If you design for privacy, and you have no control on the remote host, you have to consider the host as being potentially compromised.
The only way then to ensure privacy, is to handle only data which is already encrypted by the client side (end to end encryption).
Of course, this limits seriously the services that could be provided by the server side ( as for the server side the data would be unintelligible. So you could also opt for a mix, encrypting sensitive data only.
SSL or TLS only protect the channel between client and host. It gives no guarantee if the host is by itself at risk.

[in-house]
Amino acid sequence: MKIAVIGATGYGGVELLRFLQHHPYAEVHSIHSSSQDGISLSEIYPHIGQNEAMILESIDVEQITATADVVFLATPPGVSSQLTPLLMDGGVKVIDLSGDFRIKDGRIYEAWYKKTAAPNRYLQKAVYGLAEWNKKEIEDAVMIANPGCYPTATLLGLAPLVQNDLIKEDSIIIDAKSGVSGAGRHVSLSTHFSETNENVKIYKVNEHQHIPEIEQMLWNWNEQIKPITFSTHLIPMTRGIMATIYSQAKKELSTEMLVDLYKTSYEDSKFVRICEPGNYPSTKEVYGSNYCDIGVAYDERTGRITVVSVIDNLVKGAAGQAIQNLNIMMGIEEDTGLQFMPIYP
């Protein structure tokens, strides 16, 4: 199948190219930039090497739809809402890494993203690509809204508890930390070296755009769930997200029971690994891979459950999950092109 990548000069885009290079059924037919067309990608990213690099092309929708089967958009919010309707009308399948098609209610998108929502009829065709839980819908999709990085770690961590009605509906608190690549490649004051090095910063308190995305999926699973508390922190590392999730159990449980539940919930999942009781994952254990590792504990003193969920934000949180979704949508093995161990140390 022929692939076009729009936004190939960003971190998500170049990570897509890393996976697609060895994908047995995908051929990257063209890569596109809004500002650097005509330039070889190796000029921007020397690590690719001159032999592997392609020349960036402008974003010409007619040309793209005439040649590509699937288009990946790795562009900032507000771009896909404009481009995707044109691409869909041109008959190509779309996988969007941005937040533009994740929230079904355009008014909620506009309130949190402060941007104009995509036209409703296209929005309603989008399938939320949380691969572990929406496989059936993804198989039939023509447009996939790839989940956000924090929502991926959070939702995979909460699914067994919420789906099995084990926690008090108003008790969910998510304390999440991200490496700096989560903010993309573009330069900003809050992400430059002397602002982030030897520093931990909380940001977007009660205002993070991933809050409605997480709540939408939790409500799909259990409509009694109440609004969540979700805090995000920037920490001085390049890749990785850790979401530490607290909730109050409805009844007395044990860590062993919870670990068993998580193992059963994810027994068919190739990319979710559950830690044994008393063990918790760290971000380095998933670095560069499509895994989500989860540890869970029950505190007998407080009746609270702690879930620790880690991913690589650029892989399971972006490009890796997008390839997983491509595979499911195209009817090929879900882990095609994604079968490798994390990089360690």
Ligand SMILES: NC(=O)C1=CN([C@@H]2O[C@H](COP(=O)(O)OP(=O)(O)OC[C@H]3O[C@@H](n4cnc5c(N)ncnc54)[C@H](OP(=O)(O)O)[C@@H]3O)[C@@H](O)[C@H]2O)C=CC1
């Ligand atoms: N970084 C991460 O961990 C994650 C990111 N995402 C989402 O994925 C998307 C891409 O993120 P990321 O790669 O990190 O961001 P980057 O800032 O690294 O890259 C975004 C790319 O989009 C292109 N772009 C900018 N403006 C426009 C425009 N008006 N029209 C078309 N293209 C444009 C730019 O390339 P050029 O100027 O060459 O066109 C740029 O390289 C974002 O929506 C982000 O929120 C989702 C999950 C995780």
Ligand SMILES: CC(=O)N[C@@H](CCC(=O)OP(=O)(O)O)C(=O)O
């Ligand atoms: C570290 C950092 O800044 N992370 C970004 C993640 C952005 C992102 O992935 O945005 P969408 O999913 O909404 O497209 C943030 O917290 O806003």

Last but not least, it is extremely difficult to ensure host security and prevent hacking: every week there's a new story that reminds how vulnerable we are. If you use this end-to-end approach however, you protect the privacy even in case of a hack: the attacker could steal the data, but without the decryption key that would be kept on the client side, he couldn't do much.
Unfortunately, this kind of design is so safe that it would only push attackers to the next weak link: they could then try to corrupt the distributed software to get a copy of the data before it is encrypted (trojan approach)